Looking to schools to do their part on the drought

Looking to schools to do their part on the drought

(Calif.)  Albany High School has installed waterless toilets. Kindergartners at Tierra Linda Elementary have a letter-writing campaign urging water conservation. And Dorsey High School in Los Angeles has built a retention system capable of handling 16,500 cubic feet of storm water.

As Californians face down a fourth year of drought, schools are increasingly becoming a focal point of not only disseminating best practices to the rest of the community but also finding creative and effective ways to save water themselves.

Just this week, California Department of Education issued new guidance on what facility managers can do to save water, while state schools chief Tom Torlakson has sponsored a Twitter page, #waterwiseschools, where students, teachers and others can post what they are doing to help get through the drought.

“The superintendent and the department have always emphasized the role schools play as a part of the community,” said Giorgos Kazanis, CDE spokesman. “As schools use best practices on campus and teachers talk about conservation in the classroom – these are things that are going to come back to the parents and the community to help spread the word.”

The governor’s executive order issued in April implementing restrictions aims at an overall 25 percent reduction in potable urban water use and covers all commercial, industrial and institutional entities – including local educational agencies.

Unlike an executive at a private company or even a homeowner, school administrators are required to balance student safety with conservation mandates, which can complicate water-saving programs at schools.

Diane Waters, CDE architect and energy liaison, said administrators can’t simply, for instance, stop watering playing fields.

“Playfields at schools are educational space,” she said. “Facility managers have a duty to maintain them in a manner that is safe for the students. So, they may not be able to stop watering completely – but perhaps they can reduce watering.”

Waters, who is one of the authors of the CDE’s newly released drought response guide, said one of the first things facility managers should do is document their use so they have something to measure against and to give some sense of what measures are working.

Although costly, she said, metering outlets to distinguish outside use from indoor use might be worthwhile in the long run to have a firm grasp of where water is being used.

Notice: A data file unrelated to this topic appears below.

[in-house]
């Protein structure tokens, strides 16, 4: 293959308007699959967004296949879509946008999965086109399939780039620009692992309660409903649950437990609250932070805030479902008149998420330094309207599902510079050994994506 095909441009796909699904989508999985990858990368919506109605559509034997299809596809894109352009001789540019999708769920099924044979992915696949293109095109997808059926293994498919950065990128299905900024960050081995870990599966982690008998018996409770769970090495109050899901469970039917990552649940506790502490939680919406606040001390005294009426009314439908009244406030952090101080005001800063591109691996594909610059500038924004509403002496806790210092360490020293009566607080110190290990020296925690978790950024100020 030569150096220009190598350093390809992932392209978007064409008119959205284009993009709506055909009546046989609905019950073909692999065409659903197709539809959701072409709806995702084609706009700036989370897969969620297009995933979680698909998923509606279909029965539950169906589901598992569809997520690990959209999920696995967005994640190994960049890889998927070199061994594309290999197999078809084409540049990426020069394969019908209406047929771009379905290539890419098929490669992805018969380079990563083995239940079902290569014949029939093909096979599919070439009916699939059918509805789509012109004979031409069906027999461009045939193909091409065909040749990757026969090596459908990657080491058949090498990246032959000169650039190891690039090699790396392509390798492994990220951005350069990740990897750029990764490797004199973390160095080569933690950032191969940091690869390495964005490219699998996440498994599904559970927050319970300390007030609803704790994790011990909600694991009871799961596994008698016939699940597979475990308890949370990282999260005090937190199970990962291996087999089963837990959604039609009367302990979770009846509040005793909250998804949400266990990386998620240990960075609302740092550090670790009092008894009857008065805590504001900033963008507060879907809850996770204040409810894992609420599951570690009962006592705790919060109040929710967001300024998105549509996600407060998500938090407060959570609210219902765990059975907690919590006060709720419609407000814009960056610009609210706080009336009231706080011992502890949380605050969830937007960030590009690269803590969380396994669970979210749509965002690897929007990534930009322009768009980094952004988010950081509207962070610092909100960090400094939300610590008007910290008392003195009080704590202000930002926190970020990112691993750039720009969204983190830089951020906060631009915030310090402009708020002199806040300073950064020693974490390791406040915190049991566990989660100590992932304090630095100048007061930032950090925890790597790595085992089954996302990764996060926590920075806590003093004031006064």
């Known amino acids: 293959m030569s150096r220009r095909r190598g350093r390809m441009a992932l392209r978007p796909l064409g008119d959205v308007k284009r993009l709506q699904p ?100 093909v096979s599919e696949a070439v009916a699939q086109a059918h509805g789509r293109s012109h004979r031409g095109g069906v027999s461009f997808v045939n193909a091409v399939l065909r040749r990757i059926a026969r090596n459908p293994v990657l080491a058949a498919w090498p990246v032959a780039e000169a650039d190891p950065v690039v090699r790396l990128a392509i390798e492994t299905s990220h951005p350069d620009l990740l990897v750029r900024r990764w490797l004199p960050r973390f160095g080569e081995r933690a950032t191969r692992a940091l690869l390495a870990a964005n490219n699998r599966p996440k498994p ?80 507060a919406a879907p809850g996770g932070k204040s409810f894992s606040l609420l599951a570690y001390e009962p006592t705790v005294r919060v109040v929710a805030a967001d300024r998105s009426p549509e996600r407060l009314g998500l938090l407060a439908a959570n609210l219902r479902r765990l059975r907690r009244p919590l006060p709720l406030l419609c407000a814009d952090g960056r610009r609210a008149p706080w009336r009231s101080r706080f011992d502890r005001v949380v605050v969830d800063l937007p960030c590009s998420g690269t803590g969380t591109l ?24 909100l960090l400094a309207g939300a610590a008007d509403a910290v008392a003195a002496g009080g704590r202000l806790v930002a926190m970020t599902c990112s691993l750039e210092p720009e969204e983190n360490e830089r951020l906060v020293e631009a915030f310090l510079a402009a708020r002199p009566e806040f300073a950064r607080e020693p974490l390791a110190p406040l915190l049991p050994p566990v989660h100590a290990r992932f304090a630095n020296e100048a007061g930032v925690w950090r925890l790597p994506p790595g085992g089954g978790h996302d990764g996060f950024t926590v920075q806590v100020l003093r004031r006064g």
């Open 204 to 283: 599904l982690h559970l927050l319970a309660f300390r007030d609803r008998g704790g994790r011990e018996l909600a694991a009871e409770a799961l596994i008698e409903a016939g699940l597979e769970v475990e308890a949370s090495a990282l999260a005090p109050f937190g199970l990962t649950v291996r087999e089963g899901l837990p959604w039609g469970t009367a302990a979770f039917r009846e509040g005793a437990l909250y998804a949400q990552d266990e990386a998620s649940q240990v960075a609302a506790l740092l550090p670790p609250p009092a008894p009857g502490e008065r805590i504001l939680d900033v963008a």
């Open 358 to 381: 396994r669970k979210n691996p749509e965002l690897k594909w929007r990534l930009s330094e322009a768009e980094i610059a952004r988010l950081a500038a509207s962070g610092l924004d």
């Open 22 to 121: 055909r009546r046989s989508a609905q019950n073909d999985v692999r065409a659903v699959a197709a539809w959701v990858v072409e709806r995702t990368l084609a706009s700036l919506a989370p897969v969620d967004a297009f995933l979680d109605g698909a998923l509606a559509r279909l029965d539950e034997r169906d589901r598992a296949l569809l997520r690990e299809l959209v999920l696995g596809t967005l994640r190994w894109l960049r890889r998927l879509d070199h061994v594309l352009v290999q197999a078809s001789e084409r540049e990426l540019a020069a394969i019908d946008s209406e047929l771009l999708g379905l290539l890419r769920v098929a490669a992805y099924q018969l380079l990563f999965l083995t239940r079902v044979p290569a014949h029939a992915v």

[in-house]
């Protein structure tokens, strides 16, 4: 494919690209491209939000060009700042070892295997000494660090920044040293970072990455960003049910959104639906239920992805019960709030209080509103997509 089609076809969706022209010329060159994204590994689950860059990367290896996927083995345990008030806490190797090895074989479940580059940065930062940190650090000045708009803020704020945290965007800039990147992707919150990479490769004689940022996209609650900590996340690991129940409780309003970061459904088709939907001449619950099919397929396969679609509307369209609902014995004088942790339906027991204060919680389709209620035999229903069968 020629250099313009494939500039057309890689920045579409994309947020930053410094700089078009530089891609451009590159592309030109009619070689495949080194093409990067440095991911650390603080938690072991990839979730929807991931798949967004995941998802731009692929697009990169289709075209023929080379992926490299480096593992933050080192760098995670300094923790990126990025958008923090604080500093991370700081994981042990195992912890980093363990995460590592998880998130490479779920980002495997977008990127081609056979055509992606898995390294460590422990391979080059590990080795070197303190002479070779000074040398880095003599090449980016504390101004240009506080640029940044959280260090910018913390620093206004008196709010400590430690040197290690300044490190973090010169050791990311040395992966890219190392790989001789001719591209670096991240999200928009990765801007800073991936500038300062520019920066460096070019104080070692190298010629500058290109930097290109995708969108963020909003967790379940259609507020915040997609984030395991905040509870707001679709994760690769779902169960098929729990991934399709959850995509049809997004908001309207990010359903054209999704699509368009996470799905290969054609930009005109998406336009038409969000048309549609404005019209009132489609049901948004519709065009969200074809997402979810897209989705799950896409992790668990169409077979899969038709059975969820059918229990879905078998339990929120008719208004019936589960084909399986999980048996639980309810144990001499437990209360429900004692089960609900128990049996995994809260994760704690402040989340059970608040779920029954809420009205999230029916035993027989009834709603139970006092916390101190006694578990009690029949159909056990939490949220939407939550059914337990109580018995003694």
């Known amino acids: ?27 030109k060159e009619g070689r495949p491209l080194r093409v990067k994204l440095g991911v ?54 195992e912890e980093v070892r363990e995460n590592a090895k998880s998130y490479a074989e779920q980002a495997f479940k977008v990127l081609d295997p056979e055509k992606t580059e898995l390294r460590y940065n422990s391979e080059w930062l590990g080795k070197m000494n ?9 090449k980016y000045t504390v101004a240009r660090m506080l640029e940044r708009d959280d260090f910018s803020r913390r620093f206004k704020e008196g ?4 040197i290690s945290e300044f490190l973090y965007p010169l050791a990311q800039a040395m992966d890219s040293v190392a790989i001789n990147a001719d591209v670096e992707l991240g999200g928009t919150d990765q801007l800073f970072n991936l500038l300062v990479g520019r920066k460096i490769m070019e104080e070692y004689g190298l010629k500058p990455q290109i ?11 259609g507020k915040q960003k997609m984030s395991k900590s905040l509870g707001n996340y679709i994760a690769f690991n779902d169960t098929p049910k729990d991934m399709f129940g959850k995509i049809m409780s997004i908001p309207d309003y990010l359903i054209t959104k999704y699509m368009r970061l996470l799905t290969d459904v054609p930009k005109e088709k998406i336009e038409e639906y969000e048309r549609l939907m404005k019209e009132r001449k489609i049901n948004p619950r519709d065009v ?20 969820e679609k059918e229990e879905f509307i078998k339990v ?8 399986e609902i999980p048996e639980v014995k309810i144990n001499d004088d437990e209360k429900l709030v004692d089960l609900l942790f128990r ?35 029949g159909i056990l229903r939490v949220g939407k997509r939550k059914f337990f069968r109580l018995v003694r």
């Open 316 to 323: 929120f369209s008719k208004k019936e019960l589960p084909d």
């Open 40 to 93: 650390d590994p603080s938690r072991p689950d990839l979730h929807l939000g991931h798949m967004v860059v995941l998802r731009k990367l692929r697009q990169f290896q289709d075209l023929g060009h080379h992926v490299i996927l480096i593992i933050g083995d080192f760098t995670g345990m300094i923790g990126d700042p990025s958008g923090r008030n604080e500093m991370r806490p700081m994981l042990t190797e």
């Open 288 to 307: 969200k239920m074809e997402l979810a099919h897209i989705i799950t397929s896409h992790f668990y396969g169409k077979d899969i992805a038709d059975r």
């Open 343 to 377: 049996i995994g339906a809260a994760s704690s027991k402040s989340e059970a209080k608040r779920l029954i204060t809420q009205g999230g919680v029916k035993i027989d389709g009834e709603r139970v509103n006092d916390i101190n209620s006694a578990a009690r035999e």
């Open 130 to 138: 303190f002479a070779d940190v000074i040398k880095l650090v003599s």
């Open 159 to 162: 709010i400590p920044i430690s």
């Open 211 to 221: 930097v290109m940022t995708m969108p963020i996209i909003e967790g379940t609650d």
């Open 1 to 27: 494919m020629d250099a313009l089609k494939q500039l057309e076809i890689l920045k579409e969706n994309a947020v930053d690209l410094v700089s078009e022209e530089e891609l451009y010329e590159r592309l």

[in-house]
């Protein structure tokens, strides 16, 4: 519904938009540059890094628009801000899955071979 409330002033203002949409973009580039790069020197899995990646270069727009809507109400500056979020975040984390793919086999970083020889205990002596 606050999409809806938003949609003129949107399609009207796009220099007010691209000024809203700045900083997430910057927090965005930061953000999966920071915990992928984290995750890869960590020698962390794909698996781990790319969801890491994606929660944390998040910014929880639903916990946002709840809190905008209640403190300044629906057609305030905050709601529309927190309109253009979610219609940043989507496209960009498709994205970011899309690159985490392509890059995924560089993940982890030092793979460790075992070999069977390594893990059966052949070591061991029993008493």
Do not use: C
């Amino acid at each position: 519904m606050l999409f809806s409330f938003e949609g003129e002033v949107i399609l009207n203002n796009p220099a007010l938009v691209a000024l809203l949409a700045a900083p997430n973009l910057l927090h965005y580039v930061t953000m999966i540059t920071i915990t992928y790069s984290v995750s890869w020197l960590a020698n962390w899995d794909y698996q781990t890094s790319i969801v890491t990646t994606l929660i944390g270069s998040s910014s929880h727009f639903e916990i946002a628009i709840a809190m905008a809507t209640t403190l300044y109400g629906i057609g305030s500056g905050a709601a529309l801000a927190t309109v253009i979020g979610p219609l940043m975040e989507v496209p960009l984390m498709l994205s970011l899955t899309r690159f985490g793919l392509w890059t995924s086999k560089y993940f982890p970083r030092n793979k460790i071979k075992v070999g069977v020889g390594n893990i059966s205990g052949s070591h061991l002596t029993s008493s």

Another key tip for schools is to contact their local water purveyor because many have programs to help pay for conservation projects and water audits, as well as more advice for lowering water use.

Among the other ideas from the CDE:

  • Aerate soil in turf fields.
  • Use native or drought tolerant planting whenever possible, especially in ornamental areas.
  • Install mulch around trees, shrubs, and bedding plants, three to four inches deep (be aware of the potential for pests in mulch when placing near buildings).
  • Water during the early parts of the day or after sunset; avoid watering when it is windy.
  • Provide irrigation for trees to maintain health.
  • Water plants for a longer time period, less frequently. The plants develop deeper roots and can manage drought better.
  • Consider field-use adjustments and consolidations to minimize irrigation needs.
  • Allow the grass to grow longer, especially in the summer (mow less often, or set the mower blades higher, e.g. three inches).
  • Plant grass species that require less water (e.g. switch from blue/rye to hybrid bermuda).
  • Adjust fertilizers during warmer months to optimize plant health.
  • Create a public Website and hotline to allow the community to report broken sprinklers and adjust staffing and communications so reported leaks are addressed within a certain time frame (e.g. within 24 hours).
  • Install a pool cover on outdoor school swimming pools. Uncovered pools can lose 1,000 gallons per month or more to evaporation.

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